On Misinformation


Irwin Mansdorf himself provides an example of what he terms “misinformation”, “an inaccurate claim” that is “not completely true” and is “disingenuous” in his critique of Zionist political advocacy which appeared in this paper''s MAGAZINE (“Rethinking advocacy”) on July 5.  
Challenging the content of an unnamed educational booklet which noted that Britain “violated the Mandate” by cutting off 77% of Palestine in 1922, Mansdorf correctly records that Article 25 of the two League of Nations decisions that year that “granted that right to Britain” which was “implemented[…] lawfully”.  Nevertheless, the issue requires clarification to avoid inaccuracy.
Briefly, the Mandate was granted to Great Britain in 1922, following the April 24, 1920 San Remo Conference decision, in two stages.  On July 24, the main draft of the Mandate was confirmed and on September 16 the amendment allowing Britain to ''postpone or withhold'' the articles of the Mandate concerning a Jewish National Home in territories east of the Jordan River was adopted.  I would suggest that Britain finagled and cheated the Jews.  As Martin Gilbert has written, that amendment “disappointed the Zionists, who had hoped to settle on both sides of the Jordan River”.  Palestine in 1917, we should recall, included Transjordan.  On February 9, 1919, Foreign Office officials informed Chaim Weizmann that the government  “was prepared to include Transjordan up to the Hedjaz Railway” as per the maps presented at the Versailles Peace Conference.  The September 19, 1919 editorial of the London Times proclaimed: “the Jordan will not do as the eastern frontier of Palestine…Palestine must have a good military frontier east of the Jordan…”. Even the 1937 Peel Commission made it clear that “the field in which the Jewish National Home was to be established was…to be the whole of historic Palestine…”.  
The situation, however, altered in October 1919 with the appointment of Earl George Curzon as Foreign Secretary who was unfavorably inclined to Zionism and at the end of November had proposed a change that would separate Transjordan from Palestine so as to facilitate talks to be conducted with Sharif Hussein, father of Feisal and Abdallah.  In March 1920, again the situation was affected with the establishment of the Hashemite Kingdom of Syria when the northern portion of what later became Transjordan was viewed as part of Syria and the southern part of Transjordan was part of the Hashemite Kingdom of Hejaz.    
In the end, it was a campaign of occupation launched by Abdallah I who landed in the territory in November 1920 and the threat of violence and the preposterous claim that he had 8,000 troops at his disposal – he controlled less than 500 - that caused the Cairo Conference in March 1921, which continued its session later that month in Jerusalem, to deny Jews their rights east of the Jordan.  That conference was informed that if the British Government “wish to assert their claim to Trans-Jordan and to avoid raising with other Powers the legal status of that area, they can only do so by proceeding upon the assumption that Trans-Jordan forms part of the area covered by the Palestine Mandate” but to appease Abdallah, “[s]ome means must be found of giving effect in Trans-Jordan to the terms of the Mandate consistently with ‘recognition and support of the independence of the Arabs’".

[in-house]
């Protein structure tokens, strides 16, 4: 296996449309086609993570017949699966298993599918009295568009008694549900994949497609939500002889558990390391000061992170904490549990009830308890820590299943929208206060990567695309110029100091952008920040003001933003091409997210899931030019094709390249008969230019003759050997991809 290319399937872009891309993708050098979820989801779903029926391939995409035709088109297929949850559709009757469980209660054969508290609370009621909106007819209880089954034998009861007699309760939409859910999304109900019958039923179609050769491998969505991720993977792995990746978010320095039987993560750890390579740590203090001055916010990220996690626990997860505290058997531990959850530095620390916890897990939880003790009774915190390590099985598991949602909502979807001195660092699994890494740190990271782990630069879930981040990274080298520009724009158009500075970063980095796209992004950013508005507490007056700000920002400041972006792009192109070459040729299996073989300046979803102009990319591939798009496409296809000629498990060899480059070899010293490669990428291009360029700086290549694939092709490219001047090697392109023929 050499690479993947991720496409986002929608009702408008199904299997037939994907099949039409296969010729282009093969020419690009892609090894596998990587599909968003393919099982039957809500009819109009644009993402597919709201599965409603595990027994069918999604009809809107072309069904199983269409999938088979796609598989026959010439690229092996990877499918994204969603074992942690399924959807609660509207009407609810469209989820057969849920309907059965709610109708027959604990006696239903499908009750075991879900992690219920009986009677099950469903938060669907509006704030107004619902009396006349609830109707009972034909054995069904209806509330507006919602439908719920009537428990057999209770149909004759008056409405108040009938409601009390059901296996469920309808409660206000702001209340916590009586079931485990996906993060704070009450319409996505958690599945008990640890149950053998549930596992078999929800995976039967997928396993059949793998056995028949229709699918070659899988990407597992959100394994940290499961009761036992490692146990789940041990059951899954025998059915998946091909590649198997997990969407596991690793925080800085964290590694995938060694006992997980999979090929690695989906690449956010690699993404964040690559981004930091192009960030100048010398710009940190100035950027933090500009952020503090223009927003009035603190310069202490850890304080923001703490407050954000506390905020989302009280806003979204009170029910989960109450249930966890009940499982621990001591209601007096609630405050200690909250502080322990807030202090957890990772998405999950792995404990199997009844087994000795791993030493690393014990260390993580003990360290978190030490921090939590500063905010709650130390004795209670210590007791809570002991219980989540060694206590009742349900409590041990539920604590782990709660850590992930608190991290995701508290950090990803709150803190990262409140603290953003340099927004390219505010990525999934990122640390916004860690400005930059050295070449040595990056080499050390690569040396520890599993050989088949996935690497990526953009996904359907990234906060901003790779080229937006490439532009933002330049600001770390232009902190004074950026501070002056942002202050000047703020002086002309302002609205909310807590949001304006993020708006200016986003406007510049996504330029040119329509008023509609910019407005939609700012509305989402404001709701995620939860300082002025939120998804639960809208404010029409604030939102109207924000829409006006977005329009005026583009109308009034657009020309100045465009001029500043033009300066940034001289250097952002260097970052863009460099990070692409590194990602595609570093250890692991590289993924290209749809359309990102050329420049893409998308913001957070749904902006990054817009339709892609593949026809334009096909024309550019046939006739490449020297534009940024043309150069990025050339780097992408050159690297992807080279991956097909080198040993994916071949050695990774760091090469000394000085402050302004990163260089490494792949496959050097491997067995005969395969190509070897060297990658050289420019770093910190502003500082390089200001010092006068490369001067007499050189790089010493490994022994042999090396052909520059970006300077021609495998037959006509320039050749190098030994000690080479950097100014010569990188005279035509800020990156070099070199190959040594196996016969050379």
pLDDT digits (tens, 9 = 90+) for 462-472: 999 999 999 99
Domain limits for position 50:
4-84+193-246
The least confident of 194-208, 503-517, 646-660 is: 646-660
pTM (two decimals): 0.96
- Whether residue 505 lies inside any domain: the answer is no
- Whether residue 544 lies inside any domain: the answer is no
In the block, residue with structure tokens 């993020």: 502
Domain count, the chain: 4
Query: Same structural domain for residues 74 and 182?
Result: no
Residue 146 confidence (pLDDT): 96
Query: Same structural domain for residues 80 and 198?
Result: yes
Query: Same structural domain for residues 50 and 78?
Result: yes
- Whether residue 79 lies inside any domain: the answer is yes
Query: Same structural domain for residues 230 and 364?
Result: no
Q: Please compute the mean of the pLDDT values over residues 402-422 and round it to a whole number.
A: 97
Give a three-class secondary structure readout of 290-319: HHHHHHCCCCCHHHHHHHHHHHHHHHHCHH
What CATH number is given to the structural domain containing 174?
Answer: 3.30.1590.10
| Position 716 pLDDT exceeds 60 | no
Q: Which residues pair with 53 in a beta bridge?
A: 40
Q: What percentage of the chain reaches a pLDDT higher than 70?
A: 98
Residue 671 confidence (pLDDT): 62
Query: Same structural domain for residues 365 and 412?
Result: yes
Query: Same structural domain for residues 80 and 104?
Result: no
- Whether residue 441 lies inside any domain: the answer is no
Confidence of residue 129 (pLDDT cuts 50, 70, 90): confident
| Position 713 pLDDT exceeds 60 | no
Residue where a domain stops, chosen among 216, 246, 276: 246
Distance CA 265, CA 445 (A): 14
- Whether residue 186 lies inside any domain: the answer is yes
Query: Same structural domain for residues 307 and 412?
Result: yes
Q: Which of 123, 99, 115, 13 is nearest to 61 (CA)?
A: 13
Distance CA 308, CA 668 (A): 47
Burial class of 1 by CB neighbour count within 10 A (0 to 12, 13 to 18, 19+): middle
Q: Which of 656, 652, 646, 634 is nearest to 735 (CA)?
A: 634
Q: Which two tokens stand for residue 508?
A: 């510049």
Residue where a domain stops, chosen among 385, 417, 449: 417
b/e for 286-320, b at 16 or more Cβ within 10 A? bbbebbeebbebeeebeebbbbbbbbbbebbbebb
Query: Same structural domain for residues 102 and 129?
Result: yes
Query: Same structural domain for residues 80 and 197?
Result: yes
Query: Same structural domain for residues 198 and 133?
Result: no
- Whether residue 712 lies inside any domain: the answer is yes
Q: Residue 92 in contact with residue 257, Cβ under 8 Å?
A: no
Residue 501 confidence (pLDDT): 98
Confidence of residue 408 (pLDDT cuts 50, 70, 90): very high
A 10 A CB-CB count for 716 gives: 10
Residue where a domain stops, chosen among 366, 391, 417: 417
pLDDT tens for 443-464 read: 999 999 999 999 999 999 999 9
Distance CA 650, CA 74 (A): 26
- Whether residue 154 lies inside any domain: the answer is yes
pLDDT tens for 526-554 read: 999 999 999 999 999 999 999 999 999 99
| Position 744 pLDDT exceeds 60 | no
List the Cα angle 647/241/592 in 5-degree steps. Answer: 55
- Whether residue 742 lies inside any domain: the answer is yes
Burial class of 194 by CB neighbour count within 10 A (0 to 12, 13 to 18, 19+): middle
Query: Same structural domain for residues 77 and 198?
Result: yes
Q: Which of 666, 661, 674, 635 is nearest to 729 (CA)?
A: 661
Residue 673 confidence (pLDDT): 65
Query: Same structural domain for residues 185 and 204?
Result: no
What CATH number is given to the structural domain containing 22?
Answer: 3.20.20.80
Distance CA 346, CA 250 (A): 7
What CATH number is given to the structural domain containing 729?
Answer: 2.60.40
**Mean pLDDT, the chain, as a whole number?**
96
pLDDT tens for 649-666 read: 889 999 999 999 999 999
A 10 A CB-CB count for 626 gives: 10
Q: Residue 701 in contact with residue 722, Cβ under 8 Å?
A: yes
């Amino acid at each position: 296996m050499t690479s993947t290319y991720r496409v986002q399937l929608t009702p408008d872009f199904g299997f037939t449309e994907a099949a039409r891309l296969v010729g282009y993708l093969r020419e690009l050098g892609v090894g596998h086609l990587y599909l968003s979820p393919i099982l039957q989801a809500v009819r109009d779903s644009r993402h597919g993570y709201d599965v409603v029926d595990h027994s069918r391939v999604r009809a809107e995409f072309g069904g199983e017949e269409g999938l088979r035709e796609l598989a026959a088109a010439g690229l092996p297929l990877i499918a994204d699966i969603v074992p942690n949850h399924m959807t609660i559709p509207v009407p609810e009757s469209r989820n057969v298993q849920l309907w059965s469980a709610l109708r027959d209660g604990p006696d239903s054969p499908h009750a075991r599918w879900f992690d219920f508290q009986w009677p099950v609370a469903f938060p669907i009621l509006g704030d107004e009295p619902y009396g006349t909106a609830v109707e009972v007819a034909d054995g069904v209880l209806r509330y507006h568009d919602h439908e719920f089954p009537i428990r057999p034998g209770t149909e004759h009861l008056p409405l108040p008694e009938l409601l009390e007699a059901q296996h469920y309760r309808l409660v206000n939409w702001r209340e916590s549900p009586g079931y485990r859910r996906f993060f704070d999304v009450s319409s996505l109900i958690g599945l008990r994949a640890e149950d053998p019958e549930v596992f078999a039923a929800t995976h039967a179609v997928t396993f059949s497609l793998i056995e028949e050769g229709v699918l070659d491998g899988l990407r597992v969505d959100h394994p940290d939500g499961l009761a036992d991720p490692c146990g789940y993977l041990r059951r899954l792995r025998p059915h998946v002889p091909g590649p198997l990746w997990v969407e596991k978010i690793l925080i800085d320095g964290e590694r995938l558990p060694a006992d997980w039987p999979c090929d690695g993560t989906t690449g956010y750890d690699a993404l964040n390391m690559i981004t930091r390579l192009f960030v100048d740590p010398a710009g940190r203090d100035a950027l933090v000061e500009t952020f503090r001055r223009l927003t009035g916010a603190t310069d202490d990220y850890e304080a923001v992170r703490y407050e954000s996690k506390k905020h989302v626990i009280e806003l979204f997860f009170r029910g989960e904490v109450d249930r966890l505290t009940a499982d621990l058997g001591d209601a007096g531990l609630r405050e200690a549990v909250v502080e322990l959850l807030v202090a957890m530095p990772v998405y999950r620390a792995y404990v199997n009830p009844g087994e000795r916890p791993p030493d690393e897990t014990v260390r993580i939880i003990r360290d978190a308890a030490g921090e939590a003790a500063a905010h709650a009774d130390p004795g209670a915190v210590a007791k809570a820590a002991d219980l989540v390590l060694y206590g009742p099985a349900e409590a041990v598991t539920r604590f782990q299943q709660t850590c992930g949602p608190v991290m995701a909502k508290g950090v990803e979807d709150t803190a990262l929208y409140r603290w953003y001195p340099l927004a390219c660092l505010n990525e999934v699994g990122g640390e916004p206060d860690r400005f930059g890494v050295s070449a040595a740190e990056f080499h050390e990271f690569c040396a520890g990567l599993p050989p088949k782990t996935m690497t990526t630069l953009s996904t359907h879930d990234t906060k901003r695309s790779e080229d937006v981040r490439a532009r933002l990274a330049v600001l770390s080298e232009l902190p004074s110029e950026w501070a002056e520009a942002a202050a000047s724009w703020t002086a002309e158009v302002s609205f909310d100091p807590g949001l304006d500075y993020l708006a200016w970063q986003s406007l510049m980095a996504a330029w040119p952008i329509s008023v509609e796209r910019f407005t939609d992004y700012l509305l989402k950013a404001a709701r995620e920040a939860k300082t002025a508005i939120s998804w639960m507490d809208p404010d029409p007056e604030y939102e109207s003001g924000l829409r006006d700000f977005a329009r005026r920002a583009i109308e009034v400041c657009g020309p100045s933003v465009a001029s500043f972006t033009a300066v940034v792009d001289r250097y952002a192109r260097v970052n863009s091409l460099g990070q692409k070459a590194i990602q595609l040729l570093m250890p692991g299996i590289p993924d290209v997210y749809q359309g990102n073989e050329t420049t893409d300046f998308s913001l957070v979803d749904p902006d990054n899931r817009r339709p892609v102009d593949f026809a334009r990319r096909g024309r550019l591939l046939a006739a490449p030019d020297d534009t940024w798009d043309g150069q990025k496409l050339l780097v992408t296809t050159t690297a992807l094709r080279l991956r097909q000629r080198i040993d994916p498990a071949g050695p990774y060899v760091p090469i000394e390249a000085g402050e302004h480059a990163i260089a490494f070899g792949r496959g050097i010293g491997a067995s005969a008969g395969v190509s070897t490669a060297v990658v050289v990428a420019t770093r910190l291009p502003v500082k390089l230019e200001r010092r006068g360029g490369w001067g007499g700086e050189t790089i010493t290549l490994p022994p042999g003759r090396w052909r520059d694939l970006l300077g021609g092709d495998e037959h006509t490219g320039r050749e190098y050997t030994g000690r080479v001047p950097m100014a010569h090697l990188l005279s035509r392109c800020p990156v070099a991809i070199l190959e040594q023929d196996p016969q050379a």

Purposefully disguising their policy, on April 24, 1921, Ze’ev Jabotinsky, Joseph Cowen and Samuel Landman were misled by Colonial Office representatives when they inquired  at a meeting that day as to the intent of the proposed Article 25 then being formulated.  The May 1921 Arab-instigated violence west of the Jordan provided further impetus. The separation, albeit administrative, of Transjordan, was based earlier that year on a January 17 report of T.E. Lawrence that Emir Feisal “agreed to abandon all claims of his father to Palestine” in return for Mesopotamia (Iraq) and Transjordan, where Feisal hoped “to have a recognised Arab State with British advice”.  Perhaps surprisingly, it was Henry MacMahon who, in a March 12, 1922 letter revealed “I did not make use of the Jordan [River] to define the limits of the southern area [thinking it possible] to find some more suitable future line east of the Jordan and between that river and the Hedjaz Railway”.
The removal of Transjordan from the concept of the Jewish national home, it must be emphasized, was limited since Article 25 reads, “provided that no action shall be taken which is inconsistent with the provisions of Articles 15, 16 and 18”.  The inherent contradiction is obvious when according to Article 15 “No person shall be excluded from Palestine on the sole ground of his religious belief” but Jews were indeed excluded and according to Article 18, there should be “no discrimination…in matters concerning…commerce or navigation, the exercise of industries or professions…” yet Jews suffered discrimination.
Moreover, Article 25, while allowing Britain to “postpone or withhold application”, did not necessarily fix a permanent arrangement.  In today’s diplomatic parlance, it should still be a “final status issue for negotiation”.
In any case, the two regions remained one mandate and when Jordan sought recognition as an independent state in April 1946, the United States State Department opposed that move as the Jewish national home had not been realized and the two fates were inter-related geo-politically.